Nearly half of primary care patients surveyed at a large clinic in St. Louis had a diagnosed mental health problem, according to new research from the Brown School at Washington University in St. Louis.
Researchers surveyed 767 patients who agreed to have data taken from their electronic medical record, which was analyzed for a history of mental health problems. They found that 45 percent had a diagnosed mental health problem, the most common of which was depression.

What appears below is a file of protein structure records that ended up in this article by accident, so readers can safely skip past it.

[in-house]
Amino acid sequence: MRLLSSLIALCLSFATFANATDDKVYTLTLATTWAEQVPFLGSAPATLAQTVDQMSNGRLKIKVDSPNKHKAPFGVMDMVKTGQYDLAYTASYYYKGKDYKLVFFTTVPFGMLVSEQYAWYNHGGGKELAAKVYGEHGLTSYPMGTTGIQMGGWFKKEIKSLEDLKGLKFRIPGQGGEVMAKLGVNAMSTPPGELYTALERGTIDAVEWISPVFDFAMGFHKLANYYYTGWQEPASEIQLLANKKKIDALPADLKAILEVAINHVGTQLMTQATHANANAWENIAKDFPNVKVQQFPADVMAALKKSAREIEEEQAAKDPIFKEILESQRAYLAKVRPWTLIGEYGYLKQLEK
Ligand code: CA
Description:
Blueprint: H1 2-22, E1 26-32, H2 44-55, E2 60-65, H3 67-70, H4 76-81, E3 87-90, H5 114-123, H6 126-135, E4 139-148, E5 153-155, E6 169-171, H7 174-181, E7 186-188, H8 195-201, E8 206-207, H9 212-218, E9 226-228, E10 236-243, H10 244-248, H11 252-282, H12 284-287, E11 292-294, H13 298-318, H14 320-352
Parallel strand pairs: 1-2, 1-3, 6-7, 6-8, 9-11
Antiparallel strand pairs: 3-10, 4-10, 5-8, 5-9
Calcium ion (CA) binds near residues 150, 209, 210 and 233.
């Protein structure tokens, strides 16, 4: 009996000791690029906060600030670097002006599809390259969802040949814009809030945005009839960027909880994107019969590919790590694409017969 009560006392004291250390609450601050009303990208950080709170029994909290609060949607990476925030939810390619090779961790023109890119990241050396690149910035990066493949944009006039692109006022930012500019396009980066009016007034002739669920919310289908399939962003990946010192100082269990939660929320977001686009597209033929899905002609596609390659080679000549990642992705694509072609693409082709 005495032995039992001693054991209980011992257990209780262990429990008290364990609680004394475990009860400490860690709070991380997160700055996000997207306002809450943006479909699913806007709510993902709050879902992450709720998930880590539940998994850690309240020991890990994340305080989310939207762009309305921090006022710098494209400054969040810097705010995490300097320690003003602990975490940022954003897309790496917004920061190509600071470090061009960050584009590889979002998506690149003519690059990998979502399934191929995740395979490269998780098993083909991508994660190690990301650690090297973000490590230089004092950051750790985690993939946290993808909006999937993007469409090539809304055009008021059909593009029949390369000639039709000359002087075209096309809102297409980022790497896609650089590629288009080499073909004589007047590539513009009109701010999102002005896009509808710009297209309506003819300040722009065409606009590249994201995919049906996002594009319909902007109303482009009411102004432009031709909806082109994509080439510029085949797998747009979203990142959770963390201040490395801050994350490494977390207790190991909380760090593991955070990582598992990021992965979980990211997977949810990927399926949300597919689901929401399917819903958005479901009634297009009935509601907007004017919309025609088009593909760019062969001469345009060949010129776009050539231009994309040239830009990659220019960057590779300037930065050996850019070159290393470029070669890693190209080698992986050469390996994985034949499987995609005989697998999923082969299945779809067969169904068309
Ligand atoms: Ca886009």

African Americans were more likely to have been diagnosed, as were Medicaid patients.
“The evidence garnered from this study underscores the need to detect and treat mental health problems systematically within outpatient primary care clinics that serve similarly vulnerable populations,” wrote lead author Dr. Darrell L. Hudson, assistant professor at the Brown School.
The study was published online in February in the Journal of Health Care for the Poor and Underserved.
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